Hypertension Prevention Diet
Approximately 85% of high blood pressure
is preventable with out harmful DRUGS! A diet change is the best thing you can do to control high pressure. The key to salt balance in your body is drinking plenty of water. When your body perceives that it is becoming dehydrated, it responds by retaining sodium to reduce further water loss, starting a vicious cycle of craving for salty foods and liquids that end in an elevation in blood pressure. FYI: Taking diuretics on a consistent basis will aggravate the craving cycle.
The newest information shows that most people do not require medication to control their disease. Millions can reverse high blood pressure with simple diet, nutritional therapy and body work. Harvard Medical School (1997) research found that a low-fat, low sodium diet may lower blood pressure as much as drugs, but without the long-term health issues.
- Include high fiber foods, i.e., gold flaxseed, and oat bran. Eat plenty of vegetables, especially, broccoli, bananas, dried fruits, potatoes, seafood, bell peppers, celery, brown rice and leafy
greens, fruits and grains. Eat only white fish and skinless turkey or chicken.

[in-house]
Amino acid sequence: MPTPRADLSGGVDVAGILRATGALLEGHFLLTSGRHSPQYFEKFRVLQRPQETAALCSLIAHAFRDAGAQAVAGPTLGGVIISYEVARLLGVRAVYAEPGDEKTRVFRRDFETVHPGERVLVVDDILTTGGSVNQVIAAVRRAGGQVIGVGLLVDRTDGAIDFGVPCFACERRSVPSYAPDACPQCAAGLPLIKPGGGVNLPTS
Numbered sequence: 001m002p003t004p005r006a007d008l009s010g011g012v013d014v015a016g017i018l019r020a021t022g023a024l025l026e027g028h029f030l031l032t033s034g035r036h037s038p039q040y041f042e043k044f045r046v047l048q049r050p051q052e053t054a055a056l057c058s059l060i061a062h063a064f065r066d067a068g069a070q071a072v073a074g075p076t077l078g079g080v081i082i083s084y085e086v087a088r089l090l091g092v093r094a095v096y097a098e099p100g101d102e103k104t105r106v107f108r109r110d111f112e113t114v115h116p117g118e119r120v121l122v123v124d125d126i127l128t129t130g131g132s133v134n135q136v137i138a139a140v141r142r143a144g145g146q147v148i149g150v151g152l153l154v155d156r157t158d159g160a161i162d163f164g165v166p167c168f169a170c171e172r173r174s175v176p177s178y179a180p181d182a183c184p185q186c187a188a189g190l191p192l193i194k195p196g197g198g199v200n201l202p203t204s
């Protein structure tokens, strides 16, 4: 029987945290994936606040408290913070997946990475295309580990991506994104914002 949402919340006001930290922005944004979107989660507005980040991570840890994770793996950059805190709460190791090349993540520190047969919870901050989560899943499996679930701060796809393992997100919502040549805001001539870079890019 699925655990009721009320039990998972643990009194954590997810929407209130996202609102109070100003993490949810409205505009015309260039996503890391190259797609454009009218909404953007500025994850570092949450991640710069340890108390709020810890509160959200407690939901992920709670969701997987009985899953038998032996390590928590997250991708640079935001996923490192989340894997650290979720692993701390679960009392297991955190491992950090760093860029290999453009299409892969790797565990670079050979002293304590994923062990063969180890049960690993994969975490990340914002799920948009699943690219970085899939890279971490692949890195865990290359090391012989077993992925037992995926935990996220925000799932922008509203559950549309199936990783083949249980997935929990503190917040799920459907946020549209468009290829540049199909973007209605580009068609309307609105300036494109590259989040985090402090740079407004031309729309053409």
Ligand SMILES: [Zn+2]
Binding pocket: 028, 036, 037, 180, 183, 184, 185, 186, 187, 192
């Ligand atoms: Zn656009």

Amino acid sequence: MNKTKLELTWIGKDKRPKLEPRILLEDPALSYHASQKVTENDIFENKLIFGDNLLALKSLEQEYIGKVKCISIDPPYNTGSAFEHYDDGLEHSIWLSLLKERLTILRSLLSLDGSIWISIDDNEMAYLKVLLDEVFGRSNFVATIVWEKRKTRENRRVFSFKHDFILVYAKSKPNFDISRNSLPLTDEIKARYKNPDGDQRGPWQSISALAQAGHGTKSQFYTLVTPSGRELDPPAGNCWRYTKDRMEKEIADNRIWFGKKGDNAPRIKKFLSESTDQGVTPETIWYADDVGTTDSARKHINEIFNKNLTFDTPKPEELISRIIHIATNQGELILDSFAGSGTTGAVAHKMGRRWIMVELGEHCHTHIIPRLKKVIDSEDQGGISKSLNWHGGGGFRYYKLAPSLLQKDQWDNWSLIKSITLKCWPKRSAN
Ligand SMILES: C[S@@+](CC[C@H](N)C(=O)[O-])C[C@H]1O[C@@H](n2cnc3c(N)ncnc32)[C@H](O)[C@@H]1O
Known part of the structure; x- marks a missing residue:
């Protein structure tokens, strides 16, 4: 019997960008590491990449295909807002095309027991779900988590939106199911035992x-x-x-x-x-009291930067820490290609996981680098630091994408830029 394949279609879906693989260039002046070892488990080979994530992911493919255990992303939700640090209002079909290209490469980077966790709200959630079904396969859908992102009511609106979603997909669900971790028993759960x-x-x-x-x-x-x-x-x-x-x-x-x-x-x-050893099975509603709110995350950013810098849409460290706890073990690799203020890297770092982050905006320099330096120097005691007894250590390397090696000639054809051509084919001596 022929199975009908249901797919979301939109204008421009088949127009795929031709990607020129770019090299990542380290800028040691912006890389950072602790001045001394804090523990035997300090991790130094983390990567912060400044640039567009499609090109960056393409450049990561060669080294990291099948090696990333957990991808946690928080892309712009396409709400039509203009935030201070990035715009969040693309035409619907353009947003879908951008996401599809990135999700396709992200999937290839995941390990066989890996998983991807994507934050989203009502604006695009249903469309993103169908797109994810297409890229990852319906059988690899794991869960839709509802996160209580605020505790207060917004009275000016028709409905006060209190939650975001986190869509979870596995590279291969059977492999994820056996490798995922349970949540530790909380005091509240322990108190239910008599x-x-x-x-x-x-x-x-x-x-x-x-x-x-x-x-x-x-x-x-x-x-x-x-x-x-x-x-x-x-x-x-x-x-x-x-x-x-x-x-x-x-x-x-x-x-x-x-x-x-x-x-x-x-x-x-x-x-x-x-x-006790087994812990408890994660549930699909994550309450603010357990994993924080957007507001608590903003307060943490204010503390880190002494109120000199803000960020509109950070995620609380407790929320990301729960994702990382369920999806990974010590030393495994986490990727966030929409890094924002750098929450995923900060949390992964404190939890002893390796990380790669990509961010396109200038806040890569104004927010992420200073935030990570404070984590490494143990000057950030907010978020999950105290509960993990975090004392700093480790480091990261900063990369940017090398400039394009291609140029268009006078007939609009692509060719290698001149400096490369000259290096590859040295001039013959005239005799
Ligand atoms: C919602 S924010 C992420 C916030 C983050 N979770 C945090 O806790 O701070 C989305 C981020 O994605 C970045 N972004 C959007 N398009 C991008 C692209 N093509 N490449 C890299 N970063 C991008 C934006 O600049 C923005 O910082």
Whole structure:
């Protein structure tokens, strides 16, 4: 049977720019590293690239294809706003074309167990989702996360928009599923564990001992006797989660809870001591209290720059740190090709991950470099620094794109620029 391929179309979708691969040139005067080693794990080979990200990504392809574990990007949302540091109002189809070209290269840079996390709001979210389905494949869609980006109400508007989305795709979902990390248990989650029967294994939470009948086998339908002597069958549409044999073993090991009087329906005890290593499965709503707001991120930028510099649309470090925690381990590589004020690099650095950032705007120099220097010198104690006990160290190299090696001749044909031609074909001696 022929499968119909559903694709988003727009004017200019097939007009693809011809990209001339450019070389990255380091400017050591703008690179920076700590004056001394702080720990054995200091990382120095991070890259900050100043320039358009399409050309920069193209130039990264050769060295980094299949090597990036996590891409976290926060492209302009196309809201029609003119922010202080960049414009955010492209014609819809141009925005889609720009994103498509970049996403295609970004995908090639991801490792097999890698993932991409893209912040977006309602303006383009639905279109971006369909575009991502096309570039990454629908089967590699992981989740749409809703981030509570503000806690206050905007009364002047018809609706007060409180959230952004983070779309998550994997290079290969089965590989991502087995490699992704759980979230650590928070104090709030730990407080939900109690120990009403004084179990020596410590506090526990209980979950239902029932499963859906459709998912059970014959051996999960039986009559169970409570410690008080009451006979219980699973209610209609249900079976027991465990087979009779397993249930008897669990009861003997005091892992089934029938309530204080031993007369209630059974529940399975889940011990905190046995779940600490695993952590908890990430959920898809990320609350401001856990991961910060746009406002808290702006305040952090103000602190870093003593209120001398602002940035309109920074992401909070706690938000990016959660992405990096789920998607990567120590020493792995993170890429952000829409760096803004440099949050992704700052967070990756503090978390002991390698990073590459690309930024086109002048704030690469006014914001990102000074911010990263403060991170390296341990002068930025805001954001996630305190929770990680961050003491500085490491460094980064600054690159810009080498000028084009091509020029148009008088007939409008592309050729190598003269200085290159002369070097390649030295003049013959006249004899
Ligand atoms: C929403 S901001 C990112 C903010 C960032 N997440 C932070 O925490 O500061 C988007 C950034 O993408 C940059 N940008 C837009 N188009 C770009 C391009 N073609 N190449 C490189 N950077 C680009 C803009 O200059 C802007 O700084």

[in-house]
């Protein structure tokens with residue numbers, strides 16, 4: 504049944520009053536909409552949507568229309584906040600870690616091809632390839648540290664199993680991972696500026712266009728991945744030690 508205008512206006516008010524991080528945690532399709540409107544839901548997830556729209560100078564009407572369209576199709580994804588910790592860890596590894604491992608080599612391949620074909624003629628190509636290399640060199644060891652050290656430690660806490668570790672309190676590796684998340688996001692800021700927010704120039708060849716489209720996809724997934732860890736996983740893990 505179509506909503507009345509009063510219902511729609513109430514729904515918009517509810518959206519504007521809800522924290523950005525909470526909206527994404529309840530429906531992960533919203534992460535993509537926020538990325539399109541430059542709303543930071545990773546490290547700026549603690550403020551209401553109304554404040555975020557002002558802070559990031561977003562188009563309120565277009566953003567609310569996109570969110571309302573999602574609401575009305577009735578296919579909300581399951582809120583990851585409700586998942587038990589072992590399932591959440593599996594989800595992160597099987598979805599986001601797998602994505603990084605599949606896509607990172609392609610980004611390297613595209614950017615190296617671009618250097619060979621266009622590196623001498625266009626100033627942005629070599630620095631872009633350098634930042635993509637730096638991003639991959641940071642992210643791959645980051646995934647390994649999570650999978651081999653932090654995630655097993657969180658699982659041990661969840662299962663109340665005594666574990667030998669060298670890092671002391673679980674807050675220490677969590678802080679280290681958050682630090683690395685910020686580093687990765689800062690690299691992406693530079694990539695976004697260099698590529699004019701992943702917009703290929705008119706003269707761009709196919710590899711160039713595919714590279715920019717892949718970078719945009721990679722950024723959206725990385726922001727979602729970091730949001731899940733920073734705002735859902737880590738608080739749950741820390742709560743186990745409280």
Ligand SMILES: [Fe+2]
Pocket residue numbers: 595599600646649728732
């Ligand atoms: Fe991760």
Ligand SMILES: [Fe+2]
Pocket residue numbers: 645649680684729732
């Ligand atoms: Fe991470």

- A salt-free diet is essential for lowering blood pressure. Just lowering your salt intake is not enough: eliminate all salt from your diet. Read all labels carefully and avoid those foods that have soda, sodium, or the symbol Na on the label.
Avoid Accent flavor enhancer, (monosodium glutamate), baking soda, canned vegetables and soups, commercially prepared foods, soft drinks, foods with mold inhibitors (aged cheeses and meats), preservatives, meat tenderizers, softened water and soy sauce. Avoid all animal fats, anchovies, avocados, chicken liver, chocolate, pickled herring, sour cream, sherry, wine, bacon, corned beef, pork, sausage, fried fatty foods, caffeine heavy pastries and smoked or processed meat. All cause potassium depletion and encourage arterial plaque build-up.
- Avoid smoking because it constricts blood vessels, making your heart work harder. It also aggravates high blood sugar levels.
- Do not take phenylalaline (found in Nutra-Sweet/Aspartame) or L-Tyrosine. Avoid, certain dentifrices, over-the-counter medications, especially antihistamines, which may aggravate hypertension and ibuprofen (Advil and Nuprin).
Keep your weight down. Regular moderate exercise is important to maintain proper circulation. Do not over-exert in hot or humid weather. Avoid excessive exercising and emotional stress. Take a brisk 30-minute walk daily, focusing on deep lung breathing.
Herb & Supplement Therapy
- Factor Fifteen: Systol-D encourages healthy blood pressure and is clearly one of the best
formulations on the market today.
- Factor Seven: Digestin plant based formulation for the breakdown and absorption of food groups, i.e., proteins, carbohydrates, fats, dairy and fiber (2 prior to meals).